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Hawker Nimrod

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The Nimrod was a biplane fighter that served with the Fleet Air Arm for ten years. By the outbreak of the Second World War it had been retired from frontline service with the Fleet Air Arm. A number of Danish examples, known as Nimrodderne, were in service when Germany invaded the country in 1940. In total just over 100 Hawker Nimrod aircraft would be produced.

Quick Facts
Sorry, no image available
First flight
20th September 1931
Entered service
29th January 1932
Total built

Front view
Nimrod front view photo
Side view
Nimrod side view photo
Rear view
Nimrod rear view photo

The Fairey Flycatcher entered service with the Fleet Air Arm in 1924 and was the only fighter in service with the Fleet Air Arm at that time. At sea level the aircraft's top speed was 133 mph, but its performance suffered at higher altitudes. With the need for a better aircraft, during September 1926 the Air Ministry issued Specification N.21/26 for a new fighter. However, no suitable replacement was found.

Hawker were working on their own aircraft, and in September 1930 it was decided to order this under Specification 16/30. Named the Nimrod, the prototype would make its maiden flight on the 20th September 1931 and the first production Nimrod Mk I flew on the 31st October 1931.

Powered by a 480-hp Rolls-Royce Kestrel IIS engine, the Nimrod Mk Is top speed was 195 mph, range 367 miles with a service ceiling of 26,900 ft. Armament was two 0.303-in machine-guns and 80lb bombs. The Nimrod entered service on the 29th January 1932 with No. 408 (Fleet Fighter) Flight as they began to replace their Flycatcher Mk Is. Some Nimrods Mk Is were built as floatplanes which could be launched from capital ships by catapult.

The Nimrod Mk II was the only other variant built in the UK and September 1933 saw production begin. Powered by a 608-hp Rolls-Royce Kestrel VFP engine, it had a top speed of 183 mph, range of 367 miles and a service ceiling of 28,800 ft. Armament consisted of two 0.303-in machine-guns and 80lb bombs. Alongside the new Nimrod Mk Ii a number of Nimrod Mk Is would be converted to Nimrod Mk II configuration.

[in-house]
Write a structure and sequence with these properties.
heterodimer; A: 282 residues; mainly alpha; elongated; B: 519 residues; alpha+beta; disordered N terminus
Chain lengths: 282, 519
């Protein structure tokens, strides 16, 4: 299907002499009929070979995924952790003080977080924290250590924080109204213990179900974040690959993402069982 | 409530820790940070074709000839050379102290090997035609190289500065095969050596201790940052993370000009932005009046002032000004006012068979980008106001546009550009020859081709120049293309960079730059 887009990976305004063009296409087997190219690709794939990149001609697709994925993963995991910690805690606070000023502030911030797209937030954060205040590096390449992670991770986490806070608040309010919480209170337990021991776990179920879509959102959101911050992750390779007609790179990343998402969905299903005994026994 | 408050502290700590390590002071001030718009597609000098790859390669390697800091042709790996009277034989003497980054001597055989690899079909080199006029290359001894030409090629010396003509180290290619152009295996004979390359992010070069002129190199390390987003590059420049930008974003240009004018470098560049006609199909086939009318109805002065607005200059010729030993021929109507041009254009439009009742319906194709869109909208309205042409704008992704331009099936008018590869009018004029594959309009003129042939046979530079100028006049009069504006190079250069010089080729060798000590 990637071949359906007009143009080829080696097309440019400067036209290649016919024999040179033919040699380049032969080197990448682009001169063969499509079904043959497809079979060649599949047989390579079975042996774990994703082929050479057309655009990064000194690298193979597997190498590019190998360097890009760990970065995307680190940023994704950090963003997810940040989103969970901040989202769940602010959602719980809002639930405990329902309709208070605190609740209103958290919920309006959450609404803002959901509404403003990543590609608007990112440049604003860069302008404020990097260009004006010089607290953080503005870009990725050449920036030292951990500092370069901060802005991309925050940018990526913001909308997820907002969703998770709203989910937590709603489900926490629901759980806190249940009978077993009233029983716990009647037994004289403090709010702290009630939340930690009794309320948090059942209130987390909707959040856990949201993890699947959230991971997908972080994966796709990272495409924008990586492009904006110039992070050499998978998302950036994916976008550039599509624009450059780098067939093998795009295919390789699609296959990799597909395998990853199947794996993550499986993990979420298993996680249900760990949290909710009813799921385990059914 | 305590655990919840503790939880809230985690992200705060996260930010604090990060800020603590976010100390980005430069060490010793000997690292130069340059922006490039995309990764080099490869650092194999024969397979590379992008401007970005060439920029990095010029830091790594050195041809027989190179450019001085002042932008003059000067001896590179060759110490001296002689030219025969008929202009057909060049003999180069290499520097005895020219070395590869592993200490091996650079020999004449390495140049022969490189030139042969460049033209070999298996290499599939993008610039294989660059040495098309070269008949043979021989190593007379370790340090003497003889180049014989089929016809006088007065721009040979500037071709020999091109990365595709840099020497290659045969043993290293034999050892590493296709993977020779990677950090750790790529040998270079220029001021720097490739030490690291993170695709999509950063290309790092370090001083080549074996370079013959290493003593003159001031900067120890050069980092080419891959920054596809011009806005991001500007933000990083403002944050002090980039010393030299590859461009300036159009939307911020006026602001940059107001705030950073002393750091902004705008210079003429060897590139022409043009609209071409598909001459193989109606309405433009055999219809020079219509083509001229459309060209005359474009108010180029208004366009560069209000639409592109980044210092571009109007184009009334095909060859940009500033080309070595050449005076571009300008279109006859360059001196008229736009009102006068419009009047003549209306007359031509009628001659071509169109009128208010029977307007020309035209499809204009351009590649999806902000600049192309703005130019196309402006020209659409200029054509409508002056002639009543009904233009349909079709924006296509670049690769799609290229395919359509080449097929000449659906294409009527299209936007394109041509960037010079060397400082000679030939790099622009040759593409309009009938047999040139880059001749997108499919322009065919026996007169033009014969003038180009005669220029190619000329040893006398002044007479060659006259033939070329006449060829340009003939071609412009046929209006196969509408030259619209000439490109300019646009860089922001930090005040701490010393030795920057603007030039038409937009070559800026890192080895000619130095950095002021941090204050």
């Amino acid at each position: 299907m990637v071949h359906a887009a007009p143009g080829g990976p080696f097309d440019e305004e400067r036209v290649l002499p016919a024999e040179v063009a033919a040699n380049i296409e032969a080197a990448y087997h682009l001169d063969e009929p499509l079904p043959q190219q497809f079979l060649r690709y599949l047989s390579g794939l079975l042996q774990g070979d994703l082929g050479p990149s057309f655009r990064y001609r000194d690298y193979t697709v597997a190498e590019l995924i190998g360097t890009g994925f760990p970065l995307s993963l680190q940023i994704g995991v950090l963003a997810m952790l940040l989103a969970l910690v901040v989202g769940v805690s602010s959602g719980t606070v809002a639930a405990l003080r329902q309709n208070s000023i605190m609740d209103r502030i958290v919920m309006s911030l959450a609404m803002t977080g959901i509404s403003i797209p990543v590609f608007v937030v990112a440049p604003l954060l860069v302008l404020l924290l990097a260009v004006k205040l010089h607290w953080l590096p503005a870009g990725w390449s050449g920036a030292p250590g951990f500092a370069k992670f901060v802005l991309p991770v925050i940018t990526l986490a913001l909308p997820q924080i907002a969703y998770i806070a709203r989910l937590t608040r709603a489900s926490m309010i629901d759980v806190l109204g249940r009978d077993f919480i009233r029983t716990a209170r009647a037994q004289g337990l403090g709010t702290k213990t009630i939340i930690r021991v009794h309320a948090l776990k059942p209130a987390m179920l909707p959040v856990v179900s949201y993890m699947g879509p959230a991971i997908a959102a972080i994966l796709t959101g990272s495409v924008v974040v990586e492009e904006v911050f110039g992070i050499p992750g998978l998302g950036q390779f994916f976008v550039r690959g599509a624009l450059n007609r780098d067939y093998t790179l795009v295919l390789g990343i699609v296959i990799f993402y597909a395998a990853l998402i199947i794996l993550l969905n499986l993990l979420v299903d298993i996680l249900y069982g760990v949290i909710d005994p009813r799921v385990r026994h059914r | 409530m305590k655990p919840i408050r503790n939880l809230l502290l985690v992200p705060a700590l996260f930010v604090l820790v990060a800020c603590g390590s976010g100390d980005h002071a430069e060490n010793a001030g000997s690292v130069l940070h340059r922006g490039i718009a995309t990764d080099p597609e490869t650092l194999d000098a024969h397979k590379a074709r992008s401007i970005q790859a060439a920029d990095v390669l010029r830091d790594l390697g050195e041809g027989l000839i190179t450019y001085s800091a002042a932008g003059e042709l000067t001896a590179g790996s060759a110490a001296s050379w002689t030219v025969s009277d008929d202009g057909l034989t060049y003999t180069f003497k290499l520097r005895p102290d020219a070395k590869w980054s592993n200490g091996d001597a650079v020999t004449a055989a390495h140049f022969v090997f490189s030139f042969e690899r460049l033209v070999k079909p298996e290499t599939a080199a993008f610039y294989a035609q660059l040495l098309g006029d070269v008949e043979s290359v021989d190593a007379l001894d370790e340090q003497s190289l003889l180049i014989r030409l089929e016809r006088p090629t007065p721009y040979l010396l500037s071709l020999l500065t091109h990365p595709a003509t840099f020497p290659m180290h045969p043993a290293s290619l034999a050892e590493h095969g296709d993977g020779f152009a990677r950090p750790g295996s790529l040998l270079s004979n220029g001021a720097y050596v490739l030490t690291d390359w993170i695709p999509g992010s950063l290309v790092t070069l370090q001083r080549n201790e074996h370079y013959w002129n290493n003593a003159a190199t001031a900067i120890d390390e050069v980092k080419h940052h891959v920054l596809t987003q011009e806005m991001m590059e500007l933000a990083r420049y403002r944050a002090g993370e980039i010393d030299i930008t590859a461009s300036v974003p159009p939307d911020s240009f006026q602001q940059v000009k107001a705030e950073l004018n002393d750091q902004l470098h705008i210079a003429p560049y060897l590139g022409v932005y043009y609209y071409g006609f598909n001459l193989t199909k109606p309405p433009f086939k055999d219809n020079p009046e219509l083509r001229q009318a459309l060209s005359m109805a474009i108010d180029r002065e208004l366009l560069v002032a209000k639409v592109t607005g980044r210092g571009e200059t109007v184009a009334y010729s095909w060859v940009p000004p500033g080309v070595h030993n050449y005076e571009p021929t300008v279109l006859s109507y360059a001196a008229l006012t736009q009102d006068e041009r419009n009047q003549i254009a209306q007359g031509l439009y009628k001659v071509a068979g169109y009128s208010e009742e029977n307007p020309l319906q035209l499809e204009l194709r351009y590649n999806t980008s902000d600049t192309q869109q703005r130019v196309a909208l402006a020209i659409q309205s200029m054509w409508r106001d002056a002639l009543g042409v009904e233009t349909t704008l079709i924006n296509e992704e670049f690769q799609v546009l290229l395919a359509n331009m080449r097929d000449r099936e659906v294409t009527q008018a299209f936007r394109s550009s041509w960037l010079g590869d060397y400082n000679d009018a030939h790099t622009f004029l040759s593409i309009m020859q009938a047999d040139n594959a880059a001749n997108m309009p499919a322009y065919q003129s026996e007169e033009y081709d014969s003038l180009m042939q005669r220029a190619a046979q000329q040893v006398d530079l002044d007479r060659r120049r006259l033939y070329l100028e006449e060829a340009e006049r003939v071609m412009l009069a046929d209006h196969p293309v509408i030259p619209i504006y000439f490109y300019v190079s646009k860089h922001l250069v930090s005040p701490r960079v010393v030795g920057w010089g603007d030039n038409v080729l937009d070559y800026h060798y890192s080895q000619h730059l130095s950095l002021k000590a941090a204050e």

By the time the Second World War (1939 - 1945) started the type had been removed from frontline service and was serving as a training aircraft and performing communication duties.

Hawker had intended to sell the Nimrod abroad but sold only 4 examples. Japan and Portugal acquired one each whilst two went to Denmark, where they would be renamed Nimrodderne, with 10 more aircraft produced under license by the Royal Danish Naval Dockyard. The Nimroddernes would be in service when Germany invaded Denmark on the 9th April 1940, but due to the speed of the German advance the aircraft would not see action.

In total 106 aircraft were built.

Technical Details

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Top Speed Range Service Ceiling Armament
Nimrod Mk I 195 mph 367 miles 26,900 ft two 0.303-in machine-guns
80lb bombs
Nimrod Mk II 193 mph 367 miles 28,800 ft two 0.303-in machine-guns
80lb bombs
Nimrodderne Ten built in Denmark under licence.


Click on a photo to view a larger version.
Nimrod Mk I Nimrod Mk II

See This Aircraft

(C) = Cockpit only exhibit. (F) = Fuselage only exhibit. (R) = Remains of an aircraft.

Nimrod Mk I Imperial War Museum, Duxford

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